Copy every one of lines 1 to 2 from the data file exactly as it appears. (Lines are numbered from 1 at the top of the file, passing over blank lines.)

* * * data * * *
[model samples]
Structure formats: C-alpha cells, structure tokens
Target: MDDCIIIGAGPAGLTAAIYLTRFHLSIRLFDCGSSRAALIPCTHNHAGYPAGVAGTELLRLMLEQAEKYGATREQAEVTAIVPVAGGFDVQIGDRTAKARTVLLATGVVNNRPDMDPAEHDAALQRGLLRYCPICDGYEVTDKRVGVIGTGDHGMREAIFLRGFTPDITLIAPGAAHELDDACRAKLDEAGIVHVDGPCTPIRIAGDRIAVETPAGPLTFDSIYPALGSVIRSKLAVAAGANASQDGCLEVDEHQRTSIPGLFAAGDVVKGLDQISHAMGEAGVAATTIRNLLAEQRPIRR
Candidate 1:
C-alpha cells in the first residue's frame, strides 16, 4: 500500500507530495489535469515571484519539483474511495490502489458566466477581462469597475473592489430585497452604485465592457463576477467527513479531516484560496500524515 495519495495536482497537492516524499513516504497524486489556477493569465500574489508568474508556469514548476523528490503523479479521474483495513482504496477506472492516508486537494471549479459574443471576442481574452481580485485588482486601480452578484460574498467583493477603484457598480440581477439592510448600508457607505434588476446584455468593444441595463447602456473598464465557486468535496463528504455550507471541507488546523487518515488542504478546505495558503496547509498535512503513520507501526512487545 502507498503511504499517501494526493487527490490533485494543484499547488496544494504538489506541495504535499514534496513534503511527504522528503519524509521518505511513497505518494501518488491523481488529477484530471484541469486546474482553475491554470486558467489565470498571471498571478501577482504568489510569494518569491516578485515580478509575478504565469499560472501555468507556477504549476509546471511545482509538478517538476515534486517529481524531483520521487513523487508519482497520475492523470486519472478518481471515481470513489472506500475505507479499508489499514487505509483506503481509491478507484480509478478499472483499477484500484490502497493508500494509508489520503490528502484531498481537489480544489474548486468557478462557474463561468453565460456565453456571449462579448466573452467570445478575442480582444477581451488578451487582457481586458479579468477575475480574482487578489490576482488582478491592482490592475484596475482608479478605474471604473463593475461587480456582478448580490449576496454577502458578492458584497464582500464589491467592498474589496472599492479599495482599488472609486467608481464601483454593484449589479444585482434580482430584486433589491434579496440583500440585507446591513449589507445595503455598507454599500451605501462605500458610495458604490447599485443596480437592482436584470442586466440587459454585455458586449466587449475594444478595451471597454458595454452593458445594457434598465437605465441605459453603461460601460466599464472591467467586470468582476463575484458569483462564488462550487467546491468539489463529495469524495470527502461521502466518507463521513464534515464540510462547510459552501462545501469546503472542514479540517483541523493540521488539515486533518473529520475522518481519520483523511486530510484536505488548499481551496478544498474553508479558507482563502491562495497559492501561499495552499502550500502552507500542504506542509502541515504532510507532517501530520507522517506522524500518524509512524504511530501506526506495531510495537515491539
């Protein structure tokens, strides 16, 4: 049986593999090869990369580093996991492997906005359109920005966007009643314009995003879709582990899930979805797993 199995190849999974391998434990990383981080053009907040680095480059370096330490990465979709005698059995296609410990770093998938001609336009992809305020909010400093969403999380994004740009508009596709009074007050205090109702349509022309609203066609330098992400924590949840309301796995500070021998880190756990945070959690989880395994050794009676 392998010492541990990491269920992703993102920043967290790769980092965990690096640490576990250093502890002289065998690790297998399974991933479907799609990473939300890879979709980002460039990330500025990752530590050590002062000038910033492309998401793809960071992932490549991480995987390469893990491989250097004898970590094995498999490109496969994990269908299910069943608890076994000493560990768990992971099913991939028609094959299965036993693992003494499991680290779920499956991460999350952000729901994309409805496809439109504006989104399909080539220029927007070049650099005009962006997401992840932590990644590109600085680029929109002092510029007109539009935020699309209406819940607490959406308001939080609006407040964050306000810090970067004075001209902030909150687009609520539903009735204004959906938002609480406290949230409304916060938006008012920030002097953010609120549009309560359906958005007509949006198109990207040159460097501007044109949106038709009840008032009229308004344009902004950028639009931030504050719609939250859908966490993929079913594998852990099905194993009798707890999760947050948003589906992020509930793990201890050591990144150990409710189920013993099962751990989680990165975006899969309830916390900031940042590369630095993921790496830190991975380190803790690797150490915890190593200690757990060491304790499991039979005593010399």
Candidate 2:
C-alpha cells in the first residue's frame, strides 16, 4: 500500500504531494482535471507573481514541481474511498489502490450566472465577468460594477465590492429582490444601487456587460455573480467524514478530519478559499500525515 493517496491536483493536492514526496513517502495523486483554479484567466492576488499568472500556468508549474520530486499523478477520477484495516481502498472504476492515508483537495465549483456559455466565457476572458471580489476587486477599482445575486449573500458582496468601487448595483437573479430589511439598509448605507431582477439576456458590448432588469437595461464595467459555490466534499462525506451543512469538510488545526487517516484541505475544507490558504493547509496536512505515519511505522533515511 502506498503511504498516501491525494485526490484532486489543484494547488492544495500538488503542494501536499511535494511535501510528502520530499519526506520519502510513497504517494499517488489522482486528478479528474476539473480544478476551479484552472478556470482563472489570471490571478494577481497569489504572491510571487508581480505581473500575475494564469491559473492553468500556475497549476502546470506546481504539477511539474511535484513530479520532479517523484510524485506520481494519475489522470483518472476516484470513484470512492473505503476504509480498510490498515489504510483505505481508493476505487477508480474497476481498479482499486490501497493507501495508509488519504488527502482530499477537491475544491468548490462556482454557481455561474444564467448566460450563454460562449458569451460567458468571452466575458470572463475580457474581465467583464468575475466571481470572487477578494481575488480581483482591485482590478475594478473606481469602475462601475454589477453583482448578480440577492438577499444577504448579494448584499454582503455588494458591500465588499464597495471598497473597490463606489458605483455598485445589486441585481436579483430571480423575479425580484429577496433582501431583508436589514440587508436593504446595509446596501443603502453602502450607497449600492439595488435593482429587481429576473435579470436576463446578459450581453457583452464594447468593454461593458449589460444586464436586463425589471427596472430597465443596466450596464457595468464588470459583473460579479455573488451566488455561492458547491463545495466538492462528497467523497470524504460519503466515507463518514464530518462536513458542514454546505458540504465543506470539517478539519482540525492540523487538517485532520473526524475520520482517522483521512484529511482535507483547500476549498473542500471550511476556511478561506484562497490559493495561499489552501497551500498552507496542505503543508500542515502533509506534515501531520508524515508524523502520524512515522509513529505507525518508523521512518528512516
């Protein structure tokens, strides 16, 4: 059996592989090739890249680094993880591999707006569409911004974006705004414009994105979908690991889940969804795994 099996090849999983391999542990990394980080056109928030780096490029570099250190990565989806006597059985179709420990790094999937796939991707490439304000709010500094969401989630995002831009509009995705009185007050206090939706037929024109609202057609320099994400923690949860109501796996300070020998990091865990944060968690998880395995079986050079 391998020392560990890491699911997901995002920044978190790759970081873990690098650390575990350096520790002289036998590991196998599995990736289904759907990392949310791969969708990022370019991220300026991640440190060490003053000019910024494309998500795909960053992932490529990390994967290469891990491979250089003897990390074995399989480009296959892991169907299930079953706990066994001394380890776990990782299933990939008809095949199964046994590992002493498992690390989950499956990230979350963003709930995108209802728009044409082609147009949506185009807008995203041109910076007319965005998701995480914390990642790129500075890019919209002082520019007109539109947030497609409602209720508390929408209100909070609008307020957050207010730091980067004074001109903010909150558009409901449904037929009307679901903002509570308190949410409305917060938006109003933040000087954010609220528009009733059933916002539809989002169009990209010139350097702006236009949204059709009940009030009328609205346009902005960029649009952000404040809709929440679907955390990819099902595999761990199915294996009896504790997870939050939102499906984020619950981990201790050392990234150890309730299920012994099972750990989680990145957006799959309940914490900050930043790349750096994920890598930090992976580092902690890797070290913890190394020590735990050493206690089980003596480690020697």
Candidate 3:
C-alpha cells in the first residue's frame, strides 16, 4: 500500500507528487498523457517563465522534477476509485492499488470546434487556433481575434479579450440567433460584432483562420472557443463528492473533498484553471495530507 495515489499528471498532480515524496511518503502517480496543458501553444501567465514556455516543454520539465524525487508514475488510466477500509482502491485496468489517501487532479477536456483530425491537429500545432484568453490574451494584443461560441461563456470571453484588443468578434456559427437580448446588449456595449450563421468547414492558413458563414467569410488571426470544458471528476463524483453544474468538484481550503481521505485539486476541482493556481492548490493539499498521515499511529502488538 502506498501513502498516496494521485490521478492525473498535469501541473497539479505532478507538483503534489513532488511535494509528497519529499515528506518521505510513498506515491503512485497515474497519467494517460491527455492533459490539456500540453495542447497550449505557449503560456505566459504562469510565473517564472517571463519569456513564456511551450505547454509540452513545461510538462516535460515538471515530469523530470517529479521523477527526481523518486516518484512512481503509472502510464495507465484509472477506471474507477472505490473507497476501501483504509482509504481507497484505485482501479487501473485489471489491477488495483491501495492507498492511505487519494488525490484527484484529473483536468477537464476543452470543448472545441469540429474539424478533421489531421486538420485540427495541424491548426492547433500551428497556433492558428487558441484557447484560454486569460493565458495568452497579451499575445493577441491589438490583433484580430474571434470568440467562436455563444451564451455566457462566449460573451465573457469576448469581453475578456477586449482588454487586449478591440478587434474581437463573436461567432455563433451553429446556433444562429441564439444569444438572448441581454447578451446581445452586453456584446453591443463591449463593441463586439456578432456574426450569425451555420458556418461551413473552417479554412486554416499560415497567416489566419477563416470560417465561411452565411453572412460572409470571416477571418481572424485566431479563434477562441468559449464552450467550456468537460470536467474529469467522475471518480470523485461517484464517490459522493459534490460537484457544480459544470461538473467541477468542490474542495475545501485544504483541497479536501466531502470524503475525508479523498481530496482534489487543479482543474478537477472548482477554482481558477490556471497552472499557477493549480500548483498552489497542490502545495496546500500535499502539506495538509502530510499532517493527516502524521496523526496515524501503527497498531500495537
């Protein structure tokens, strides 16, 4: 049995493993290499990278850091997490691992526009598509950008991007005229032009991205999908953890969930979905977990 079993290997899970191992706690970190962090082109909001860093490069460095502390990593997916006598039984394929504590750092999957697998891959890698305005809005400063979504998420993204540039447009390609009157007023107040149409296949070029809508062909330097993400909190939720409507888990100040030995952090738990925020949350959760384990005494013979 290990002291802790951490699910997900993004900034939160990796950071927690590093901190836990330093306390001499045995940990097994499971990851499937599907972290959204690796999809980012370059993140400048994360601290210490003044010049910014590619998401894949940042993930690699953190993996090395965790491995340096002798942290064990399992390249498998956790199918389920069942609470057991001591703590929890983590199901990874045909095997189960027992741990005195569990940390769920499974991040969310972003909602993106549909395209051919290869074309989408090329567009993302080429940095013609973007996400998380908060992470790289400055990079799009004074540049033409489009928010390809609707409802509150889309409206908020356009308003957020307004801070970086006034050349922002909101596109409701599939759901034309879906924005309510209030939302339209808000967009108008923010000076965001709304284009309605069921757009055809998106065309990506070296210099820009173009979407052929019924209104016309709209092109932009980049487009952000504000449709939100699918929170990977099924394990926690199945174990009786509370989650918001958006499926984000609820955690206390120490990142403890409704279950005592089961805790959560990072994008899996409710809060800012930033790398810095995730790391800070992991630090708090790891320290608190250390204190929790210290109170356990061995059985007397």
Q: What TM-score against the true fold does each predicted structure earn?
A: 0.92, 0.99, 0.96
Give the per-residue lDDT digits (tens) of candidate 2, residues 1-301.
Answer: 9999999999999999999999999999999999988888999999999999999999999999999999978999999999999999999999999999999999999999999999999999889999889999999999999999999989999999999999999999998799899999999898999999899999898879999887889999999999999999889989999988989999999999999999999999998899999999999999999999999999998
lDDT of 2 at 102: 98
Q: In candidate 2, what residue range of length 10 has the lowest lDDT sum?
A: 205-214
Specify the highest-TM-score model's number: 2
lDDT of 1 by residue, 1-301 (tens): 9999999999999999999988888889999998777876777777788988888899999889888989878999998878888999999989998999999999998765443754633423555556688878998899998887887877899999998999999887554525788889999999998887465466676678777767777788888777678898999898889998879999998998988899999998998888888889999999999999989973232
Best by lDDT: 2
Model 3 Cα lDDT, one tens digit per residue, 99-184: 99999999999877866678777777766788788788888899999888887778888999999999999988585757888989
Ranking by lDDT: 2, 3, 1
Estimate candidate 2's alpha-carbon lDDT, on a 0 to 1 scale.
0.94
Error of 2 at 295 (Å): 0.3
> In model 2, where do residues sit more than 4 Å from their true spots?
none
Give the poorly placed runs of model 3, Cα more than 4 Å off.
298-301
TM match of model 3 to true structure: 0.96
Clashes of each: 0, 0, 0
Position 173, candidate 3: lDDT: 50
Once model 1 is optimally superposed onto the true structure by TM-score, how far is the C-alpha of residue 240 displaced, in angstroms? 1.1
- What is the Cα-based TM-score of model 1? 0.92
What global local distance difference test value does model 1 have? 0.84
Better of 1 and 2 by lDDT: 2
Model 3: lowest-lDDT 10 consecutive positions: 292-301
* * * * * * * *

[model samples]
Structure formats: C-alpha cells, structure tokens